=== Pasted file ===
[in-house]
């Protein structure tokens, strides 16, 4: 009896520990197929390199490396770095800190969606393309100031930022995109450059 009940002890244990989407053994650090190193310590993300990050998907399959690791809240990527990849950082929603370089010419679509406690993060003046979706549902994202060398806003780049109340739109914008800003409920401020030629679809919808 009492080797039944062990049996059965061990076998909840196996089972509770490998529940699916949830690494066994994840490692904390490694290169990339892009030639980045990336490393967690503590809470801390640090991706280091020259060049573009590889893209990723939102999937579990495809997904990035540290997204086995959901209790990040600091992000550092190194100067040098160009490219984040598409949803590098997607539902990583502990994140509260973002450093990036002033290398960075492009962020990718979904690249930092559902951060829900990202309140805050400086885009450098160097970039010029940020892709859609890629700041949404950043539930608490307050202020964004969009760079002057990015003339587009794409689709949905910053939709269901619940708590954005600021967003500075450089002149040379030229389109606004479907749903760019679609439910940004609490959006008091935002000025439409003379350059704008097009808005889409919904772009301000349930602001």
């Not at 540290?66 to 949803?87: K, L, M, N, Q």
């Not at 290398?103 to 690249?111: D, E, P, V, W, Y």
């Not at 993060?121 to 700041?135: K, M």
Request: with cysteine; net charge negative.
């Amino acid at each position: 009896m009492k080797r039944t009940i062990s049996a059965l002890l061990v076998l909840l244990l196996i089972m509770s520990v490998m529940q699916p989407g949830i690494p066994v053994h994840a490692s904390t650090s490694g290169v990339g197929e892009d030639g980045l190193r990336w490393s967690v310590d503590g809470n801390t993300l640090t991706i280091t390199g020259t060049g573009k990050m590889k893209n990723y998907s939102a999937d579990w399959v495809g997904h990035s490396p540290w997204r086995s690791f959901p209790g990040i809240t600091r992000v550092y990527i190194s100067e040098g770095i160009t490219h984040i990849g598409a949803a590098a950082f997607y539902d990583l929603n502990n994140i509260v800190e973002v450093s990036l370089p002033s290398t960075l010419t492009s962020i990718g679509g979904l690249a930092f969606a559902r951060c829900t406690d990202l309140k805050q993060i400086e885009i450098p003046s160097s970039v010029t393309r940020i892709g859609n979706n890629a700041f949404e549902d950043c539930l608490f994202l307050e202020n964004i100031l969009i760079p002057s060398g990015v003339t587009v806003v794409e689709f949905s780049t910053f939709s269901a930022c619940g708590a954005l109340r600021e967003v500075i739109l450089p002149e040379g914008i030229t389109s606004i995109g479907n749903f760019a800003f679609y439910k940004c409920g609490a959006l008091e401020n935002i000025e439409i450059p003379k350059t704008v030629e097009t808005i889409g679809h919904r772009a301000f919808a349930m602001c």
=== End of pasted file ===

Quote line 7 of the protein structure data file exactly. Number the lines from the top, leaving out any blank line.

């Amino acid at each position: 009896m009492k080797r039944t009940i062990s049996a059965l002890l061990v076998l909840l244990l196996i089972m509770s520990v490998m529940q699916p989407g949830i690494p066994v053994h994840a490692s904390t650090s490694g290169v990339g197929e892009d030639g980045l190193r990336w490393s967690v310590d503590g809470n801390t993300l640090t991706i280091t390199g020259t060049g573009k990050m590889k893209n990723y998907s939102a999937d579990w399959v495809g997904h990035s490396p540290w997204r086995s690791f959901p209790g990040i809240t600091r992000v550092y990527i190194s100067e040098g770095i160009t490219h984040i990849g598409a949803a590098a950082f997607y539902d990583l929603n502990n994140i509260v800190e973002v450093s990036l370089p002033s290398t960075l010419t492009s962020i990718g679509g979904l690249a930092f969606a559902r951060c829900t406690d990202l309140k805050q993060i400086e885009i450098p003046s160097s970039v010029t393309r940020i892709g859609n979706n890629a700041f949404e549902d950043c539930l608490f994202l307050e202020n964004i100031l969009i760079p002057s060398g990015v003339t587009v806003v794409e689709f949905s780049t910053f939709s269901a930022c619940g708590a954005l109340r600021e967003v500075i739109l450089p002149e040379g914008i030229t389109s606004i995109g479907n749903f760019a800003f679609y439910k940004c409920g609490a959006l008091e401020n935002i000025e439409i450059p003379k350059t704008v030629e097009t808005i889409g679809h919904r772009a301000f919808a349930m602001c």